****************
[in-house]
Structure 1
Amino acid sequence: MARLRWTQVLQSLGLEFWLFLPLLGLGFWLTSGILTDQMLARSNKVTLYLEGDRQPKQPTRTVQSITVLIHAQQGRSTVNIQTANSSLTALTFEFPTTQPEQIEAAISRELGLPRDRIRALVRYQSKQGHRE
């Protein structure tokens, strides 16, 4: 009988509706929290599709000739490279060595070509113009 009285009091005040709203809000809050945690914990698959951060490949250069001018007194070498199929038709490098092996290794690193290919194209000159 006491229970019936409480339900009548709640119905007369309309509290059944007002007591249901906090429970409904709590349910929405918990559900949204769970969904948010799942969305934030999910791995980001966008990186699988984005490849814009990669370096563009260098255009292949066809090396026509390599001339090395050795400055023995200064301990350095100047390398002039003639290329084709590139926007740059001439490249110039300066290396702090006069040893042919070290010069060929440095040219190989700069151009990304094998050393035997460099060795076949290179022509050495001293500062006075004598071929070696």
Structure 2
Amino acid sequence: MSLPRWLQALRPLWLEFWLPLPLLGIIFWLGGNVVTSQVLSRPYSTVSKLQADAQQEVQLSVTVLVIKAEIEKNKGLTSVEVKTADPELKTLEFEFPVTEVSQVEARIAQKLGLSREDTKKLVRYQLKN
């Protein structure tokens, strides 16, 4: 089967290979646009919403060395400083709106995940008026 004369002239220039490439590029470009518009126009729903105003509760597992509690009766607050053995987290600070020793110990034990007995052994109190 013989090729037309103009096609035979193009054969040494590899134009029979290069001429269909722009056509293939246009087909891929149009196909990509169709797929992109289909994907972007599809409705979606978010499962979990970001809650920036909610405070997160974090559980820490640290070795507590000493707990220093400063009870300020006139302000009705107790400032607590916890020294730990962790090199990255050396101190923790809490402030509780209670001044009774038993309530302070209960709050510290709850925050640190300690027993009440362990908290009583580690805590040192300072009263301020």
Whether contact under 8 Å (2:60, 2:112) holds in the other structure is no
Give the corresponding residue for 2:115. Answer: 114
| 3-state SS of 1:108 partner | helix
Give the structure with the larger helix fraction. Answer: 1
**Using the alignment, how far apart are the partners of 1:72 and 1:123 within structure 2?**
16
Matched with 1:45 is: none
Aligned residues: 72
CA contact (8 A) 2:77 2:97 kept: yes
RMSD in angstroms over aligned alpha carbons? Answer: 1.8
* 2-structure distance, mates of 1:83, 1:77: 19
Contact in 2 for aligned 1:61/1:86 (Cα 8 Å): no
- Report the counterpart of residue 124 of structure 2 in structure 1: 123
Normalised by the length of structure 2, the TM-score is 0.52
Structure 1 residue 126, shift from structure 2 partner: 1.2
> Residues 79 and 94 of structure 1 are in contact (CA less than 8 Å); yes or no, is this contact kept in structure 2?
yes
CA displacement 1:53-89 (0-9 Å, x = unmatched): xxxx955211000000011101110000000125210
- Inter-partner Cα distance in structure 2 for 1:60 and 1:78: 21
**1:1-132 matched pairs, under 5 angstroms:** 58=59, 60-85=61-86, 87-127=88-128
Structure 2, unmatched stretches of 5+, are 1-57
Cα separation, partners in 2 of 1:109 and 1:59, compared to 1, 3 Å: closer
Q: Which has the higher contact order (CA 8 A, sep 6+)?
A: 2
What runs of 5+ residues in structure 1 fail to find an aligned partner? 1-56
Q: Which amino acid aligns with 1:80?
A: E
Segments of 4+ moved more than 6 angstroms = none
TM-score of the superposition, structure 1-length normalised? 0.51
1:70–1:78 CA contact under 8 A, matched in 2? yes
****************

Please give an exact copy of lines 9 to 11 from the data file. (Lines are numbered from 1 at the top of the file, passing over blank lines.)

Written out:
Give the corresponding residue for 2:115. Answer: 114
| 3-state SS of 1:108 partner | helix
Give the structure with the larger helix fraction. Answer: 1